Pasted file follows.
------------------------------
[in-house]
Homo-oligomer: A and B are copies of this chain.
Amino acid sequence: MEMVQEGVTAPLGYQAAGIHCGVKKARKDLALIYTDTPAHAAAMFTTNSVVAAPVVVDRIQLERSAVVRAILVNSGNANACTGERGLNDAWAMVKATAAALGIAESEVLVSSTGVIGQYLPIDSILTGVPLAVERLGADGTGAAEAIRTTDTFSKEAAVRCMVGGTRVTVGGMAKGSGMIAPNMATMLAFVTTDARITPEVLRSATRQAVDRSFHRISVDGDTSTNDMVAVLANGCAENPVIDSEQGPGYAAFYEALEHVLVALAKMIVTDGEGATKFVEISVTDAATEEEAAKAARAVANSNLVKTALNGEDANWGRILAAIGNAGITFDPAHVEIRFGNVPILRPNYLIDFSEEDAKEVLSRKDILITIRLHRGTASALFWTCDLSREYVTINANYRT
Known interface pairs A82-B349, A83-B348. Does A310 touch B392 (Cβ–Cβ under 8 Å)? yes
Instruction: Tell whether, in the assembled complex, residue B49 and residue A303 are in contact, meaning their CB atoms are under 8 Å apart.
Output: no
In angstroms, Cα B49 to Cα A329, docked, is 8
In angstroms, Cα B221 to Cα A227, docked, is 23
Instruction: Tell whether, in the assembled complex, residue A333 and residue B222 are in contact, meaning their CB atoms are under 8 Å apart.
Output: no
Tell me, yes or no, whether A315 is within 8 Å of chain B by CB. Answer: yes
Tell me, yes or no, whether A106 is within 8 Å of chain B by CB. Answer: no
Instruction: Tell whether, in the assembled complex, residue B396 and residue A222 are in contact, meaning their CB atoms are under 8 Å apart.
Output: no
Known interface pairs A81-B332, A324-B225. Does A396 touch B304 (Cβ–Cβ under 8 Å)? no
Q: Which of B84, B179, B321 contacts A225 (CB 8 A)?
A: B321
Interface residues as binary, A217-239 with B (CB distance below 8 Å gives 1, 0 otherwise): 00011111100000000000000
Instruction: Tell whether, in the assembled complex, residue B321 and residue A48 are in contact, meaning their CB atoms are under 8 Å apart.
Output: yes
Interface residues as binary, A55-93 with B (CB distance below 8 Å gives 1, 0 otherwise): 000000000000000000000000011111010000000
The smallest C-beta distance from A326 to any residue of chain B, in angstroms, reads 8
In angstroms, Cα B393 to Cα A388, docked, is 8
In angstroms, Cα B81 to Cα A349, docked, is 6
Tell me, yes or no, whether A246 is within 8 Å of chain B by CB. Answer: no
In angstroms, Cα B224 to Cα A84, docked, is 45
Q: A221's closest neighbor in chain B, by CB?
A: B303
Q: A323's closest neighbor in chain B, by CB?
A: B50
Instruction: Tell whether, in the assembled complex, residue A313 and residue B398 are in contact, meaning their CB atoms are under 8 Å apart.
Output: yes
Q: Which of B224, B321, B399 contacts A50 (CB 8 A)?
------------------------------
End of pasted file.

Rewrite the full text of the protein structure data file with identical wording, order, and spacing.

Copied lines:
[in-house]
Homo-oligomer: A and B are copies of this chain.
Amino acid sequence: MEMVQEGVTAPLGYQAAGIHCGVKKARKDLALIYTDTPAHAAAMFTTNSVVAAPVVVDRIQLERSAVVRAILVNSGNANACTGERGLNDAWAMVKATAAALGIAESEVLVSSTGVIGQYLPIDSILTGVPLAVERLGADGTGAAEAIRTTDTFSKEAAVRCMVGGTRVTVGGMAKGSGMIAPNMATMLAFVTTDARITPEVLRSATRQAVDRSFHRISVDGDTSTNDMVAVLANGCAENPVIDSEQGPGYAAFYEALEHVLVALAKMIVTDGEGATKFVEISVTDAATEEEAAKAARAVANSNLVKTALNGEDANWGRILAAIGNAGITFDPAHVEIRFGNVPILRPNYLIDFSEEDAKEVLSRKDILITIRLHRGTASALFWTCDLSREYVTINANYRT
Known interface pairs A82-B349, A83-B348. Does A310 touch B392 (Cβ–Cβ under 8 Å)? yes
Instruction: Tell whether, in the assembled complex, residue B49 and residue A303 are in contact, meaning their CB atoms are under 8 Å apart.
Output: no
In angstroms, Cα B49 to Cα A329, docked, is 8
In angstroms, Cα B221 to Cα A227, docked, is 23
Instruction: Tell whether, in the assembled complex, residue A333 and residue B222 are in contact, meaning their CB atoms are under 8 Å apart.
Output: no
Tell me, yes or no, whether A315 is within 8 Å of chain B by CB. Answer: yes
Tell me, yes or no, whether A106 is within 8 Å of chain B by CB. Answer: no
Instruction: Tell whether, in the assembled complex, residue B396 and residue A222 are in contact, meaning their CB atoms are under 8 Å apart.
Output: no
Known interface pairs A81-B332, A324-B225. Does A396 touch B304 (Cβ–Cβ under 8 Å)? no
Q: Which of B84, B179, B321 contacts A225 (CB 8 A)?
A: B321
Interface residues as binary, A217-239 with B (CB distance below 8 Å gives 1, 0 otherwise): 00011111100000000000000
Instruction: Tell whether, in the assembled complex, residue B321 and residue A48 are in contact, meaning their CB atoms are under 8 Å apart.
Output: yes
Interface residues as binary, A55-93 with B (CB distance below 8 Å gives 1, 0 otherwise): 000000000000000000000000011111010000000
The smallest C-beta distance from A326 to any residue of chain B, in angstroms, reads 8
In angstroms, Cα B393 to Cα A388, docked, is 8
In angstroms, Cα B81 to Cα A349, docked, is 6
Tell me, yes or no, whether A246 is within 8 Å of chain B by CB. Answer: no
In angstroms, Cα B224 to Cα A84, docked, is 45
Q: A221's closest neighbor in chain B, by CB?
A: B303
Q: A323's closest neighbor in chain B, by CB?
A: B50
Instruction: Tell whether, in the assembled complex, residue A313 and residue B398 are in contact, meaning their CB atoms are under 8 Å apart.
Output: yes
Q: Which of B224, B321, B399 contacts A50 (CB 8 A)?